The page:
Ercole Baldini - "The Train from Forlì"
A phenomenal road and track cyclist, Olympic champion in 1956, world champion in 1958, holder of the hour record and winner of the 1967 Giro d'Italia. The only cyclist in the world to have won an Olympic medal, a world championship and a Grand Tour.
All this, in less than ten years. And while he was winning race after race and becoming a legend, he was also working in his uncle's workshop, where he built high-quality race bikes.
(It is very likely that he also built this one, our Baldini, equiped with the iconic Cambio Corsa)
Junior and amateur categories
Ercole Baldini was born in Forlì in 1933 and began competing when he was only seventeen.
His results were immediately surprising.
1951 - He came third in the Italian cadet championships and the following year moved up to the amateur category, where he soon set the hour record, covering 44.870 km.
1956- 1958: The golden three-year period
In those incredible three years, Baldini won the hour record, a Gran Prix des Nations (the equivalent of the modern world time trial championship), an Italian track championship, two Italian road championships, a world track championship, a road championship, an Olympic road title and a Giro d'Italia.
1956 - Italian pursuit champion again in the amateur category and only two months later also a world champion, defeating reigning champion Leandro Faggin in both races.
In the same year, Baldini prepared to break the hour record again. He trained on the 10 and 20 km (in which he became the record holder) and improved his overall world performance, although he was still an amateur, by completing 46.393 km.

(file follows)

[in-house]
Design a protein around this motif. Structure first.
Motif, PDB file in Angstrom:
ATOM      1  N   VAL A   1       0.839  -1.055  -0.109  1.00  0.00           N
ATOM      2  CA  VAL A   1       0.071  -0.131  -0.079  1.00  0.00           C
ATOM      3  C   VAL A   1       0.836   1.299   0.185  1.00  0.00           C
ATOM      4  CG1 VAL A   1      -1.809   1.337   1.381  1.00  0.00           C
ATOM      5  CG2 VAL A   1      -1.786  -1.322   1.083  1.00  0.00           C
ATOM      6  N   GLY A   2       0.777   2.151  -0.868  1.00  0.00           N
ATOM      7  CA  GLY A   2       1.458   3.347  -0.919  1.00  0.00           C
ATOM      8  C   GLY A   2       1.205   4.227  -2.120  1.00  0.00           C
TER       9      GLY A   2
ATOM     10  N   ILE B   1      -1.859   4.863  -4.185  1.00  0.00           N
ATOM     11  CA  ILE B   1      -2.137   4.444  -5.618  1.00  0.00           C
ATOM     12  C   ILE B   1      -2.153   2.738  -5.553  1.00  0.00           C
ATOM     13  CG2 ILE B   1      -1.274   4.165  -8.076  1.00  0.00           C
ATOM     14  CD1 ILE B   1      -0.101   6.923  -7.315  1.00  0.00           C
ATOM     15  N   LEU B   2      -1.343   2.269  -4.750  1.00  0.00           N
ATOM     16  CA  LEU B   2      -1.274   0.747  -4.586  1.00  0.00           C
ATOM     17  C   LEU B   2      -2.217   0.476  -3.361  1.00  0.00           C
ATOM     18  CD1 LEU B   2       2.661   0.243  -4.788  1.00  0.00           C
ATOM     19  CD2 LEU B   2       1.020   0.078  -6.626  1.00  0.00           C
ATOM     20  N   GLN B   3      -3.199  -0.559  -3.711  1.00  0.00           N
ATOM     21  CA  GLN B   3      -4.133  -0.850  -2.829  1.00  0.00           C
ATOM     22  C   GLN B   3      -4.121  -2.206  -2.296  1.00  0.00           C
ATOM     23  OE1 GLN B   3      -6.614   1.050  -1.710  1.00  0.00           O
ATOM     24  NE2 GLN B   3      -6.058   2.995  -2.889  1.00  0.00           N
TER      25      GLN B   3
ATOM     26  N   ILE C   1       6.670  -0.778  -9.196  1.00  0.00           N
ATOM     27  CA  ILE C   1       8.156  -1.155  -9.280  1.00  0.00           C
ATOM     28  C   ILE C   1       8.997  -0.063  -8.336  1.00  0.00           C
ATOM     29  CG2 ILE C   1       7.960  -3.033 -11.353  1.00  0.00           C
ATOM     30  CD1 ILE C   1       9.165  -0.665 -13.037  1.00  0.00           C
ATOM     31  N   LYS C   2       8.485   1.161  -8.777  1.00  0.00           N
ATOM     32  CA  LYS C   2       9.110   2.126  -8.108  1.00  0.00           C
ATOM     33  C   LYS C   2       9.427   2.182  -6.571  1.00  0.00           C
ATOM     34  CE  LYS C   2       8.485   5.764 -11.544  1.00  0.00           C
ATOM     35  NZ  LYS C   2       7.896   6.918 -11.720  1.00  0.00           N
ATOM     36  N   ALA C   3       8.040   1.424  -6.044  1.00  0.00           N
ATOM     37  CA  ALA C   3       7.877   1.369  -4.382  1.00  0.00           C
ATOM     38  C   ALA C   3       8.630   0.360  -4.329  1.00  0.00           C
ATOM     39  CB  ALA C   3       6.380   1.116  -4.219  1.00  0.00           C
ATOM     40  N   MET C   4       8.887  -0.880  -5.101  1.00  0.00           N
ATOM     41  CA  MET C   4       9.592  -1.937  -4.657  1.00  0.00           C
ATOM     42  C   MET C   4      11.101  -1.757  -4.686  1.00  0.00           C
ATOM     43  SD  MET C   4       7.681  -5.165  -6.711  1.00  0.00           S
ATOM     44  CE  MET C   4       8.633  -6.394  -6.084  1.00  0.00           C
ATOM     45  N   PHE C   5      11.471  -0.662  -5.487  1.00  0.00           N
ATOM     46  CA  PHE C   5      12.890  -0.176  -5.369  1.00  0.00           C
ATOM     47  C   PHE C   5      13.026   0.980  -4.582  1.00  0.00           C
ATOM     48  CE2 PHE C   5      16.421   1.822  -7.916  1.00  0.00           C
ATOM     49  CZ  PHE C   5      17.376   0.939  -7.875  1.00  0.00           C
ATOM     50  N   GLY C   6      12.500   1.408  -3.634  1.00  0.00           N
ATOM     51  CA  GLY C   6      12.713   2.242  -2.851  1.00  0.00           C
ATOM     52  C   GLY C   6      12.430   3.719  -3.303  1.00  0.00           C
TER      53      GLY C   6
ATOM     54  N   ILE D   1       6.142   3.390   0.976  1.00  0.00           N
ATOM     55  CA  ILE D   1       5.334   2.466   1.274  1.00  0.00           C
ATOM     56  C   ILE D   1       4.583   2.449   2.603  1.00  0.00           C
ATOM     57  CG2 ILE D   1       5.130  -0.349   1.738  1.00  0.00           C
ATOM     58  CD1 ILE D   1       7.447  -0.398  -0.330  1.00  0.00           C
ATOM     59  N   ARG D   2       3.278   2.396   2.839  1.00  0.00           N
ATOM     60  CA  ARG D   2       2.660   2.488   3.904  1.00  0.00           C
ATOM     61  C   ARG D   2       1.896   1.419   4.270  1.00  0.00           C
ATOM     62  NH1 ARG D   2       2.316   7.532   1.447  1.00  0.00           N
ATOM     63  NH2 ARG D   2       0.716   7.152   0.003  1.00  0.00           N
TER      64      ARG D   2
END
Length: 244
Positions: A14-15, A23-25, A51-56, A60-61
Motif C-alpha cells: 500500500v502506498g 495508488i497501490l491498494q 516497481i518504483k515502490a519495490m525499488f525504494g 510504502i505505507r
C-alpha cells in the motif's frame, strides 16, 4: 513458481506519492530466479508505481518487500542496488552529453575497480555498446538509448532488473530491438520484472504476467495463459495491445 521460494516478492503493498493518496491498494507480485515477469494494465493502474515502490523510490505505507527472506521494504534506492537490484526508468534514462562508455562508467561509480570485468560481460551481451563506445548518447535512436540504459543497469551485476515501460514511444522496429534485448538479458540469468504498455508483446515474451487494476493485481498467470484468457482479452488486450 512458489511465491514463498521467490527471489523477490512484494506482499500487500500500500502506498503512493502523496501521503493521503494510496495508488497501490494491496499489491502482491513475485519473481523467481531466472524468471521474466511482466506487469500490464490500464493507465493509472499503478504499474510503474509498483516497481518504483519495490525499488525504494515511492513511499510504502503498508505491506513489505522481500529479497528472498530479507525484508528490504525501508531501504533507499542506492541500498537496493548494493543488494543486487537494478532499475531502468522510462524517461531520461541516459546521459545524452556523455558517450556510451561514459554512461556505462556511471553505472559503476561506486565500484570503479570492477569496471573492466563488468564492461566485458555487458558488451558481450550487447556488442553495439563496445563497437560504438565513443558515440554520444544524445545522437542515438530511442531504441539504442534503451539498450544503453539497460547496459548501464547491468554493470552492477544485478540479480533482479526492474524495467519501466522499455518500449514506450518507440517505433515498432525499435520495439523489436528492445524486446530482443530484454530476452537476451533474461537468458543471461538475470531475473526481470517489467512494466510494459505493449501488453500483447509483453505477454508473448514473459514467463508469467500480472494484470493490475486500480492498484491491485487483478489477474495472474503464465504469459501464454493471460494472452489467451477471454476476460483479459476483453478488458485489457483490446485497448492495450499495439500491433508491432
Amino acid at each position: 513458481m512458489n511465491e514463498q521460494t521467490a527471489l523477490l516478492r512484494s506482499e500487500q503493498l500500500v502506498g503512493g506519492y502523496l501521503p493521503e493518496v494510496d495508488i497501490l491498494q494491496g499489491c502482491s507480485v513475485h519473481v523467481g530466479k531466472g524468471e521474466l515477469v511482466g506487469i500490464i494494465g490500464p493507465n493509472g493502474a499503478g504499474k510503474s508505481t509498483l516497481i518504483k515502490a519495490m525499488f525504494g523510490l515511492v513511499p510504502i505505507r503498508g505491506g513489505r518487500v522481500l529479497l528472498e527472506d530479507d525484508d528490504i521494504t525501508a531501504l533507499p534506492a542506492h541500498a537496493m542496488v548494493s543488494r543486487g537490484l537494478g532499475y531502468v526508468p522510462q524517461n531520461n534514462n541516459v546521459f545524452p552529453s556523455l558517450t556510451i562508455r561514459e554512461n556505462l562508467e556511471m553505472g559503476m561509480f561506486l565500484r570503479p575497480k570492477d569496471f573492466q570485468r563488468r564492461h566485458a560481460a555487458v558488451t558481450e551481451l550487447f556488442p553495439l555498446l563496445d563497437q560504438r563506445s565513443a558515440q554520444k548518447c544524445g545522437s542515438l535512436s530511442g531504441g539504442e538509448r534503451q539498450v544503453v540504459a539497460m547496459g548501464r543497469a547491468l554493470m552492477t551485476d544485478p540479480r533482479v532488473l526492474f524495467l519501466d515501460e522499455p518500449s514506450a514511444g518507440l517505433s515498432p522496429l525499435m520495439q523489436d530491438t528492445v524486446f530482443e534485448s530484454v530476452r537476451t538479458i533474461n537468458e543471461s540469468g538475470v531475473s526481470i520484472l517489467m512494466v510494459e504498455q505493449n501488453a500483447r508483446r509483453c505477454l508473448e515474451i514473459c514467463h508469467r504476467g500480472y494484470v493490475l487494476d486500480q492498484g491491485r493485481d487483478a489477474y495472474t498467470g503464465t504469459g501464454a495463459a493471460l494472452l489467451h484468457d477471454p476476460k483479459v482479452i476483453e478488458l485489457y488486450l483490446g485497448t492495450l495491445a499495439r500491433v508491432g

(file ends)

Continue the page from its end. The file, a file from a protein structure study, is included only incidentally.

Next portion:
The season ended with another great success: his triumph at the Melbourne Olympic Games in the road race. Surprising everyone, Baldini broke away from his rivals on the final climb of the course.
1957 - Baldini finally turned professional and joined the legendary Legnano Team, the sixth-best cycling team of all time.
By this time, it was clear to everyone that he was a complete rider, gifted with the characteristics of a climber-passer and time trialist. Thanks to his fantastic successes, he earned two nicknames: Il Treno di Forlì (The train from Forlì) and Sputnik Italiano (Italian Sputnik).
With Legnano he won the Trofeo Baracchi and the Giro di Romagna and became Italian road champion. At the Giro d'Italia, he won the time trial in Forte Dei Marmi with such a high average that sixty riders finished outside the maximum time limit.
1958 - Baldini won the Giro d'Italia, then came third in both the uphill and time trials. He became the Italian road champion for the second time.
For this reason, he gave up the Tour de France. He wanted to be in perfect shape for the World Road Championships in Reims. And his decision was a wise one.
In that race, he distinguished himself immediately, leaving the peloton with 250 km to go to chase down the first three riders, Louis Bobet, Gerrit Voorting and Gastone Nencini,
Baldini managed to overtake them one by one and won the race by a clear margin.
People said that he was not only strong on the bike but also elegant. Because of that, many called him 'the new Fausto Coppi'.
The end of his career
Unfortunately, Baldini's career did not last long. Health problems prevented him from achieving any other relevant results. However, he still won stages in the Tour de France in 1959, and in 1962 he set the overall climbing record at the Giro di Lombardia, with a time of 9'24''.
In 1964 Baldini announced his retirement from racing.
But his legend is still alive, and his heart has never stopped beating for racing.
He was sports director for several professional teams for years, was chosen as President of the Cyclists' Association, President of the League and collaborator of the President of the International Cycling Union, Hein Verbruggen.
In 2016 he was rightfully inducted into the Giro d'Italia Hall of Fame.
(1,2) Our '50s Top Class Baldini
(3) 1956 - Melbourne
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